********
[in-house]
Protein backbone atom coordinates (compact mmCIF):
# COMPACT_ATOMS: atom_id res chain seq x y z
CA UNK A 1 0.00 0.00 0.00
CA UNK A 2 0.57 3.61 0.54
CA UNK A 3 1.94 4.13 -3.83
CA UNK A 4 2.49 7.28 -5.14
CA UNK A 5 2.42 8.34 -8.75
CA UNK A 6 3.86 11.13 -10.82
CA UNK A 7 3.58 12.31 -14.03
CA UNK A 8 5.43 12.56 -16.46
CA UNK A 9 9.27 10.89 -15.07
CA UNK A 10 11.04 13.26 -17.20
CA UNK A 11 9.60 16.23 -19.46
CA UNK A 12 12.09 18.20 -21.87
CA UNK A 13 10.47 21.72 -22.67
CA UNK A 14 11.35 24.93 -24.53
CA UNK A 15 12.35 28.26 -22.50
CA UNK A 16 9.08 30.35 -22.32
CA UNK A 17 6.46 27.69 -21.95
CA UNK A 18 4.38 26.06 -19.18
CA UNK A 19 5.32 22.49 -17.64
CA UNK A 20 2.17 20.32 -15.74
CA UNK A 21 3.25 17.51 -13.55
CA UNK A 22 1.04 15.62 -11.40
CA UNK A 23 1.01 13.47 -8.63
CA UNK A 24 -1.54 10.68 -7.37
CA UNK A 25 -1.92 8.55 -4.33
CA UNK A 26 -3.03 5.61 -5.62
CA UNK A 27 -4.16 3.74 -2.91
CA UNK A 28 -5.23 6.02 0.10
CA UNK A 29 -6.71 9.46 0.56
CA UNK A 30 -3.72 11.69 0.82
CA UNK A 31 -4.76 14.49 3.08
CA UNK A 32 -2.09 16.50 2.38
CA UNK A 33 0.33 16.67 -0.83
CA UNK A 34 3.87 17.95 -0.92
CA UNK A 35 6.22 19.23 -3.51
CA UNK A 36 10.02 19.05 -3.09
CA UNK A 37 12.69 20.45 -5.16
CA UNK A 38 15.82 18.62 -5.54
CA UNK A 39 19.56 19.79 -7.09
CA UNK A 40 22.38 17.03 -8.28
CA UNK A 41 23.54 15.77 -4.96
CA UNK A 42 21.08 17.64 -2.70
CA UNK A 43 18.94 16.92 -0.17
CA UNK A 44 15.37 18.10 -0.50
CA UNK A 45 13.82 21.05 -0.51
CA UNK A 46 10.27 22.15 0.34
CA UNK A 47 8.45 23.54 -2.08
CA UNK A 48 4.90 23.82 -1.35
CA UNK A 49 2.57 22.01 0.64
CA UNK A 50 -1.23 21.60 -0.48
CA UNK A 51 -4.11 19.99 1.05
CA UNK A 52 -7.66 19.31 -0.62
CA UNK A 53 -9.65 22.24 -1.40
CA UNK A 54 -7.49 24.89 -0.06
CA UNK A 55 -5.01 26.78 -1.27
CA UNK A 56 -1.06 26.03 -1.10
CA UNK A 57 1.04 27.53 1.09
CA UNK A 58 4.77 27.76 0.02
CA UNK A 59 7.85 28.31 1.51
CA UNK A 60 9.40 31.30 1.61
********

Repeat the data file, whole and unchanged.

[in-house]
Protein backbone atom coordinates (compact mmCIF):
# COMPACT_ATOMS: atom_id res chain seq x y z
CA UNK A 1 0.00 0.00 0.00
CA UNK A 2 0.57 3.61 0.54
CA UNK A 3 1.94 4.13 -3.83
CA UNK A 4 2.49 7.28 -5.14
CA UNK A 5 2.42 8.34 -8.75
CA UNK A 6 3.86 11.13 -10.82
CA UNK A 7 3.58 12.31 -14.03
CA UNK A 8 5.43 12.56 -16.46
CA UNK A 9 9.27 10.89 -15.07
CA UNK A 10 11.04 13.26 -17.20
CA UNK A 11 9.60 16.23 -19.46
CA UNK A 12 12.09 18.20 -21.87
CA UNK A 13 10.47 21.72 -22.67
CA UNK A 14 11.35 24.93 -24.53
CA UNK A 15 12.35 28.26 -22.50
CA UNK A 16 9.08 30.35 -22.32
CA UNK A 17 6.46 27.69 -21.95
CA UNK A 18 4.38 26.06 -19.18
CA UNK A 19 5.32 22.49 -17.64
CA UNK A 20 2.17 20.32 -15.74
CA UNK A 21 3.25 17.51 -13.55
CA UNK A 22 1.04 15.62 -11.40
CA UNK A 23 1.01 13.47 -8.63
CA UNK A 24 -1.54 10.68 -7.37
CA UNK A 25 -1.92 8.55 -4.33
CA UNK A 26 -3.03 5.61 -5.62
CA UNK A 27 -4.16 3.74 -2.91
CA UNK A 28 -5.23 6.02 0.10
CA UNK A 29 -6.71 9.46 0.56
CA UNK A 30 -3.72 11.69 0.82
CA UNK A 31 -4.76 14.49 3.08
CA UNK A 32 -2.09 16.50 2.38
CA UNK A 33 0.33 16.67 -0.83
CA UNK A 34 3.87 17.95 -0.92
CA UNK A 35 6.22 19.23 -3.51
CA UNK A 36 10.02 19.05 -3.09
CA UNK A 37 12.69 20.45 -5.16
CA UNK A 38 15.82 18.62 -5.54
CA UNK A 39 19.56 19.79 -7.09
CA UNK A 40 22.38 17.03 -8.28
CA UNK A 41 23.54 15.77 -4.96
CA UNK A 42 21.08 17.64 -2.70
CA UNK A 43 18.94 16.92 -0.17
CA UNK A 44 15.37 18.10 -0.50
CA UNK A 45 13.82 21.05 -0.51
CA UNK A 46 10.27 22.15 0.34
CA UNK A 47 8.45 23.54 -2.08
CA UNK A 48 4.90 23.82 -1.35
CA UNK A 49 2.57 22.01 0.64
CA UNK A 50 -1.23 21.60 -0.48
CA UNK A 51 -4.11 19.99 1.05
CA UNK A 52 -7.66 19.31 -0.62
CA UNK A 53 -9.65 22.24 -1.40
CA UNK A 54 -7.49 24.89 -0.06
CA UNK A 55 -5.01 26.78 -1.27
CA UNK A 56 -1.06 26.03 -1.10
CA UNK A 57 1.04 27.53 1.09
CA UNK A 58 4.77 27.76 0.02
CA UNK A 59 7.85 28.31 1.51
CA UNK A 60 9.40 31.30 1.61